Wojo: Ali was a mesmerizing showman, and so much more

Bob Wojnowski
The Detroit News

Before end-zone dances and flashy bat flips, before Joe Namath guarantees and LeBron boasts, before self-expression in sports became part of the entertainment, there was a master showman who started it all and changed it all, in ways much deeper than that.

Muhammad Ali wasn’t willing to go along to get along, and that, in addition to his incredible boxing skills, made him more than the Greatest of All Time. He divided people, right before he united them.

We won’t see anyone like him again, although we see flashes of him everywhere. We’ll never see anyone in the sports world risk so much to fight social issues, as Ali did with his anti-war stance that cost him three-and-a-half years of his career. Today’s athletes are empowered and enriched and don’t have nearly the same battles to wage, and much more to lose financially.

Many of the sports figures memorializing Ali, who died at the age of 74, didn’t see him fight. Some never heard him speak, except in old clips.

And that’s the power of the man, silenced much of his final 32 years by Parkinson’s disease, still capable of stirring intense emotion in so many — young and old, black and white, Muslim and Christian, inside and outside the sports world. Cruelly, Ali was forced into a time capsule, frozen in manner and speech. Thankfully, when wrenched open upon his death, the images are well-preserved.

Ali was a riveting, flickering figure on my TV in 1971, when I was a 10-year-old who wasn’t sure what I was seeing. He was smooth and cocky and funny, expressive beyond comprehension for a youngster. Today, kids mimic and marvel at the joyful play of Steph Curry, or Bryce Harper, or Odell Beckham Jr., but that’s where it ends. Athletes aren’t required to take social stands or make moral arguments to further their careers.

Anti-war stance

You’ll read a lot of superb remembrances of Ali, and I don’t pretend to have as much insight as others. I do know the biggest mistake is to oversimplify the man. He objected to the Vietnam War in 1967 along moral, religious and racial lines and was arrested and stripped of his title. His famous quote — “No Viet Cong ever called me (n-word)” — staggered people at the time. So did his conversion to the Nation of Islam in 1964, when Cassius Clay became Muhammad Ali.

Ali was too complex for some to comprehend, and yet somehow, after all his battles against the White establishment, he connected with many. He performed in the most starkly perfect venue — one man, one opponent, one ring, one winner, one loser. It was much easier to define Ali the boxer, and when the 22-year-old stunned Sonny Liston in 1964, it was much easier to embrace him.

He could be cruel in his craft, “rope-a-doping” George Foreman and turning Joe Frazier into an ugly caricature of a black man, something Ali later said he regretted. He had a voice and he used it, for empowerment and change, for fame and some fortune.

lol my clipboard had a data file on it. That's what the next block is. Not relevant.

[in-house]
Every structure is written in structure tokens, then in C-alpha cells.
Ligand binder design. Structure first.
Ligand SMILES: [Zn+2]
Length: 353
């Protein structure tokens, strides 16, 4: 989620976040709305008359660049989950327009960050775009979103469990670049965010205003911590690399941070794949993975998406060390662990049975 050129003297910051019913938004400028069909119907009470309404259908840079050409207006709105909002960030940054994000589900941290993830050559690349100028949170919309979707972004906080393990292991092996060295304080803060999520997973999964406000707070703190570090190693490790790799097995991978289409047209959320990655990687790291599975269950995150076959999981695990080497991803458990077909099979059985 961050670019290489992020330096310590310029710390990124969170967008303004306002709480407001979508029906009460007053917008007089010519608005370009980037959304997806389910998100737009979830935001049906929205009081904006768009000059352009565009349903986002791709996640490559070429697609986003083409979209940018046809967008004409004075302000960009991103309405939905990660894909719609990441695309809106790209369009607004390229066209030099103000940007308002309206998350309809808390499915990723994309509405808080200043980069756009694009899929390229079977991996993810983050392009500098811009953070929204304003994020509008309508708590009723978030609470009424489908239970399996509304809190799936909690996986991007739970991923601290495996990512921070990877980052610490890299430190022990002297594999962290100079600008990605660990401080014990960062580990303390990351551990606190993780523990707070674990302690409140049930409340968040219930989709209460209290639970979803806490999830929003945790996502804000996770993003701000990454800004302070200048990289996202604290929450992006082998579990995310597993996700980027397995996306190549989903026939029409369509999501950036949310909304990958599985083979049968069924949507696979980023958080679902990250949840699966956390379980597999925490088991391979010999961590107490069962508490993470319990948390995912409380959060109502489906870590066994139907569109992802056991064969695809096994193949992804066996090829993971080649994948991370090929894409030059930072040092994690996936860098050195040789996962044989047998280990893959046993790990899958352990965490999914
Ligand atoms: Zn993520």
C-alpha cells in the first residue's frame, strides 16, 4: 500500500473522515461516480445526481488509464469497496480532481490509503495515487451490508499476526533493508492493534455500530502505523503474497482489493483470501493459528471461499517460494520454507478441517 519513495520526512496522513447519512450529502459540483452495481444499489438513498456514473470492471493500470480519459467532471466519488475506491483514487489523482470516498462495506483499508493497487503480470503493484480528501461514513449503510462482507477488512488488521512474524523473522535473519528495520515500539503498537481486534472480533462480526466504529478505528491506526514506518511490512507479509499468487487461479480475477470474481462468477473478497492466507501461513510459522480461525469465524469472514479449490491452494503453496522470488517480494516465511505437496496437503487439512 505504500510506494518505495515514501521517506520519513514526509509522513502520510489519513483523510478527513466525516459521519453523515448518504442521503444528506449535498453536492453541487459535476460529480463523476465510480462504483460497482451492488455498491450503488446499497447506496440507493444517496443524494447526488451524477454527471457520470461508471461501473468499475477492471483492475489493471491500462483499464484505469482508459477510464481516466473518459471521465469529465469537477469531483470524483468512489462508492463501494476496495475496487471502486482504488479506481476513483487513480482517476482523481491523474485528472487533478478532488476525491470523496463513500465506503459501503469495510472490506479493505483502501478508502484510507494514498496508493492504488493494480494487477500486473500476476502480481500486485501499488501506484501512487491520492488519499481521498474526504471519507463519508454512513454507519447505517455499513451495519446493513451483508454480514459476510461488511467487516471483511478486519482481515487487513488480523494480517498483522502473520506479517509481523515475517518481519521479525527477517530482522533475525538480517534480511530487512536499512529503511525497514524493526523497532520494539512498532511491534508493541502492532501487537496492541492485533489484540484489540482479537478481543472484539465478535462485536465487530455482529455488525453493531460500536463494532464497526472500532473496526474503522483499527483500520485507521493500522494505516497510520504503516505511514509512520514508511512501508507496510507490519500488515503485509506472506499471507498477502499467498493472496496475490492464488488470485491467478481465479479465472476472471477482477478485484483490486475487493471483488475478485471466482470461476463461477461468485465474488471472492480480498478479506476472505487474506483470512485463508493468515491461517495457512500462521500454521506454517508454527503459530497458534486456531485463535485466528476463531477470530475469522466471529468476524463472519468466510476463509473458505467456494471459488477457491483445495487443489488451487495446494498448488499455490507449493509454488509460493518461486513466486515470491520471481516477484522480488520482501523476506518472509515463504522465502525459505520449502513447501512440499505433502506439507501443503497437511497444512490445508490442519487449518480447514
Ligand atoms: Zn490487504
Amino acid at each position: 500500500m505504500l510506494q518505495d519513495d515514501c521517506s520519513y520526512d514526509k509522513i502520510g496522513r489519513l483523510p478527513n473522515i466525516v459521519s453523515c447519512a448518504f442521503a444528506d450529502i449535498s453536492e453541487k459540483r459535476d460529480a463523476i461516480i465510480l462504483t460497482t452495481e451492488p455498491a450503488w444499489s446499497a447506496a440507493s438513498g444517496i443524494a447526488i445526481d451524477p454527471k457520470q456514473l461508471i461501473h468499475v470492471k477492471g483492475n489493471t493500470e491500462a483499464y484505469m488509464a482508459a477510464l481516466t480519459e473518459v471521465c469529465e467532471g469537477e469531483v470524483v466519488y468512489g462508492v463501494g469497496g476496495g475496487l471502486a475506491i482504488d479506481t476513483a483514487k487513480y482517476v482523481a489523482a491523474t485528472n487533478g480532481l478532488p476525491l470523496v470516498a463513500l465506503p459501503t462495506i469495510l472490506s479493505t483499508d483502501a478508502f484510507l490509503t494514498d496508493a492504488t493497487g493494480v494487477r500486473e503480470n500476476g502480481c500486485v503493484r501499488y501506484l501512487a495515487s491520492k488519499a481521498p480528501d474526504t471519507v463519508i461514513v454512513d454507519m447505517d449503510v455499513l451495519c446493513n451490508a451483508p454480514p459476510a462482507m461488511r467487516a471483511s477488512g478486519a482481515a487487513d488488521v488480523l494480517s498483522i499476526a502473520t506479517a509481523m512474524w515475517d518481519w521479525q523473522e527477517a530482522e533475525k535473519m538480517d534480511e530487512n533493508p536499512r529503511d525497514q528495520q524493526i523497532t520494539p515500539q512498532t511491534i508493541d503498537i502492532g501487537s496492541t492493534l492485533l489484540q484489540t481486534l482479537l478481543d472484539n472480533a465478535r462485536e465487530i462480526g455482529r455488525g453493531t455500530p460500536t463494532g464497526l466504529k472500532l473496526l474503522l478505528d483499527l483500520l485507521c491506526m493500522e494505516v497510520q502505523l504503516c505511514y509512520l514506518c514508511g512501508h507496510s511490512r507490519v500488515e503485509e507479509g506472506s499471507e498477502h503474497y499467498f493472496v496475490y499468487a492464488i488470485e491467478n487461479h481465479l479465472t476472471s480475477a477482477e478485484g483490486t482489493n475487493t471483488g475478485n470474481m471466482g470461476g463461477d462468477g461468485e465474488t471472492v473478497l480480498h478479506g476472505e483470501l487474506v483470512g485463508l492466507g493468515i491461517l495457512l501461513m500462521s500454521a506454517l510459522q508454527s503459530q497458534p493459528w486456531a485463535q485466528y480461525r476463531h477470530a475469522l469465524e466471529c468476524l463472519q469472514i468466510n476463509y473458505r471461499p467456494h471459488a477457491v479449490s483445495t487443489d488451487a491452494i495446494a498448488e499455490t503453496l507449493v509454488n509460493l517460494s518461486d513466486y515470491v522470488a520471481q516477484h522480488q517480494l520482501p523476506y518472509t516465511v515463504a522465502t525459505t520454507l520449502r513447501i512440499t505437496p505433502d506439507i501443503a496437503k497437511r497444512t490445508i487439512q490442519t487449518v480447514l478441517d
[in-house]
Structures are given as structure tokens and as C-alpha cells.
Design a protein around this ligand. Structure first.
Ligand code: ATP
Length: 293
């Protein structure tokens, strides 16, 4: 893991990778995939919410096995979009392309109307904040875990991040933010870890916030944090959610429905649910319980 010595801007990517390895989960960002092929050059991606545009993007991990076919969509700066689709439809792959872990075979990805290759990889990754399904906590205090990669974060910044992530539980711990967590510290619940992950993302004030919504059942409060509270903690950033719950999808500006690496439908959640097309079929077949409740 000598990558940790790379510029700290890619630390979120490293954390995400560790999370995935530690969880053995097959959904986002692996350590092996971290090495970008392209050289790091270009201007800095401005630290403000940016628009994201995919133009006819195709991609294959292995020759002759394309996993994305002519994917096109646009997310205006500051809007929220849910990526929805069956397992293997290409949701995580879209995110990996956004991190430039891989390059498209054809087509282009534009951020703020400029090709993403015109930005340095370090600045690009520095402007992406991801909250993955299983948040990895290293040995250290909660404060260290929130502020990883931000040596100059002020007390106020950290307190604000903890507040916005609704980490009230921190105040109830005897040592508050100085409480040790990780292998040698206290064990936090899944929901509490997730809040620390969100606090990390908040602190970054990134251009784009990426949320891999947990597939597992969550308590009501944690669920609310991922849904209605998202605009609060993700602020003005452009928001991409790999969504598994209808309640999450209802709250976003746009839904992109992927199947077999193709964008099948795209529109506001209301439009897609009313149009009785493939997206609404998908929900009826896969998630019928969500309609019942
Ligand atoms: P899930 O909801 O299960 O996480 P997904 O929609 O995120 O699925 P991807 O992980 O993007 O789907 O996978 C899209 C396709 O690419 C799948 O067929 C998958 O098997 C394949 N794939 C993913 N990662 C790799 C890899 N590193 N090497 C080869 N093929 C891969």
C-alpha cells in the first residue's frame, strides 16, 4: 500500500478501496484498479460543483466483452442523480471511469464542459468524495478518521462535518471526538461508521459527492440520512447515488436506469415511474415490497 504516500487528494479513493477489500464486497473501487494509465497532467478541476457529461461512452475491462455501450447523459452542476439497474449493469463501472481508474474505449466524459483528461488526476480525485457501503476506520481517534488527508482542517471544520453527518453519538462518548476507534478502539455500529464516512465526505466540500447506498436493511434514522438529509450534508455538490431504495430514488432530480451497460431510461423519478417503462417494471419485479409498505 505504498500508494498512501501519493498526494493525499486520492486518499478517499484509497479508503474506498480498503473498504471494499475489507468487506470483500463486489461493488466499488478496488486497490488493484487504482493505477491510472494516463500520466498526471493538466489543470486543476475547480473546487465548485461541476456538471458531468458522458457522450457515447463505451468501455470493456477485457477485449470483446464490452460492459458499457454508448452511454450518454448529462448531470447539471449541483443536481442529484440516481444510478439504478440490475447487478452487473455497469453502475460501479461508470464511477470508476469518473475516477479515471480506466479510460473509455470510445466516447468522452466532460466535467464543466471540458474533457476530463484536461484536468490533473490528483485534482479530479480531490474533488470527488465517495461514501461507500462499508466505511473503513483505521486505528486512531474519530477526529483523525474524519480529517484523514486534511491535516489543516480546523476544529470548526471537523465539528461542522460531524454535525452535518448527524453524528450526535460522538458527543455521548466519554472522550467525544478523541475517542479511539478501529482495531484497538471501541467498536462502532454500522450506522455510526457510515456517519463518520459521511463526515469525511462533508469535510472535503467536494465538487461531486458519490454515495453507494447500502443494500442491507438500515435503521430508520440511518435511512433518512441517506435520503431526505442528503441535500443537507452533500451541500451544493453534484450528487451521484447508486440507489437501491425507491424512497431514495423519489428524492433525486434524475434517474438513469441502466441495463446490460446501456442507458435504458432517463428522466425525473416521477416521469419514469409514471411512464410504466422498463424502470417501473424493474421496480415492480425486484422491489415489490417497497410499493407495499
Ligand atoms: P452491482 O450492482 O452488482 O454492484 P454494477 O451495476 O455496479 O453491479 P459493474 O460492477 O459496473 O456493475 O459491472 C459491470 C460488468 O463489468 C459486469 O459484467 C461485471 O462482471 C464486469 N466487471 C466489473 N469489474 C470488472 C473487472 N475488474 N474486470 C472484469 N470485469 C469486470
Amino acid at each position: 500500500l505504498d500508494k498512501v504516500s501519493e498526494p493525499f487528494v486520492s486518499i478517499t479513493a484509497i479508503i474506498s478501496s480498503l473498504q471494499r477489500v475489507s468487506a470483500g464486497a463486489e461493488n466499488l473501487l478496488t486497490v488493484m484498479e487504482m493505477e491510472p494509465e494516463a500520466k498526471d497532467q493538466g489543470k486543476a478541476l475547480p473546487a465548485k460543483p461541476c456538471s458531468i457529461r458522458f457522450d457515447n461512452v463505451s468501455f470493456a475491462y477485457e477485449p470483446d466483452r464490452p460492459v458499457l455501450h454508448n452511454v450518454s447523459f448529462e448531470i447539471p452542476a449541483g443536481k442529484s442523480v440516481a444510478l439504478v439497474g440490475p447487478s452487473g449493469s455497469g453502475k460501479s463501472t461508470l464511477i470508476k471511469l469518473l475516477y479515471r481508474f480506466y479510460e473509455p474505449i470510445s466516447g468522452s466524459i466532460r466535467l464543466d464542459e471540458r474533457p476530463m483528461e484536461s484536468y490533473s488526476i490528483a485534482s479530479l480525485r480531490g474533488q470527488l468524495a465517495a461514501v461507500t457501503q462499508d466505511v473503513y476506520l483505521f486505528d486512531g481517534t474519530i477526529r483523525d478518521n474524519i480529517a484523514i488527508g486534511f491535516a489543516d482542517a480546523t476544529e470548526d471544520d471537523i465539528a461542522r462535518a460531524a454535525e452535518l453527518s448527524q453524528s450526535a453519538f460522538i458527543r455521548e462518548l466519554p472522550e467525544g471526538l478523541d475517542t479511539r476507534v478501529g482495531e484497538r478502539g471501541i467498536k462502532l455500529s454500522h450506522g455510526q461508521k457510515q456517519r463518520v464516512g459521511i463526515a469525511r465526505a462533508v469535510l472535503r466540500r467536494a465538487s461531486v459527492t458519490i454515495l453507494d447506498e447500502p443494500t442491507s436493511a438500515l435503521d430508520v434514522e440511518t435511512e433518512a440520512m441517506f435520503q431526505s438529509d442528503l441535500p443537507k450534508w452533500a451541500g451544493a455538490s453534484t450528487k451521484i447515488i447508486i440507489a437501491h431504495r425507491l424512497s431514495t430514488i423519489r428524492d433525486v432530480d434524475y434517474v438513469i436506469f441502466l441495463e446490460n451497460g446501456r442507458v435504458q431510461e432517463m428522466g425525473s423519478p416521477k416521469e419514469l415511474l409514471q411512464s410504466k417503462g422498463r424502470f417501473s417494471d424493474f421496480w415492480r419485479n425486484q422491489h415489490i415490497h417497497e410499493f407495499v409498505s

The power of personality in sports is huge, but only widely impactful when coupled with success. Ali was the greatest heavyweight of all time, although Joe Louis and Rocky Marciano supporters will fight me on that. I must admit, I’m biased by the aura, the most enduring I’ve ever seen.

Krupa: A believer in Ali when he was Cassius Clay

Covering the Atlanta Olympics in 1996, I watched Ali step shakily to the stage and light the Olympic torch, and it seemed like America was revealing the best of itself to the rest of the world. It was a striking image of at least one healed past, a black Muslim man dressed in white, representing a nation.

Obviously, all has not been healed, and Ali can do no more. Will anyone else be strong enough to do more, or is there no cause as great as the ones his generation faced?

I love the impact and exuberance of athletics, within reason. Celebration is different than taunting, although Ali did both. Confidence is different than disrespect, although Ali exhibited both. He could do it because he was the playful punisher, the most magnetic athlete of our time, one of my heroes before I even knew what it meant.

Shadows eclipsing greatness

My lasting regret is I never interviewed Ali, although I saw him several times. In 1992, he visited with Michigan’s Fab Five during the NCAA Tournament and told Chris Webber, Jalen Rose and the rest not to apologize for their brashness, and they didn’t.

Cockiness sometimes gets confused with greatness in sports, but Ali never made that distinction. He was both, and he showed it everywhere he went, even when his feet slowed to a shuffle and the stages shrank.

When I was in Tampa in the mid-1980s, I made a point to go by a hotel where Ali was making an appearance as part of his endorsement deal for d-CON roach traps. I remember thinking how undignified it must be, the Greatest of All Time selling a bug killer.

His boxing career had ended a few years earlier with a depressing loss to Trevor Berbick, and evidence of his Parkinson’s was just beginning to surface. I entered the lobby and saw the champ getting on an escalator, going up, the sunshine lighting his face. He turned and waved and told a joke I couldn’t quite hear, and like everyone else standing there, I just stared.

“There goes the Greatest,” a few people mumbled as Ali went higher and higher, and the circumstance made no difference and elicited no pity. Only awe, all the way to the top, all the way to the end.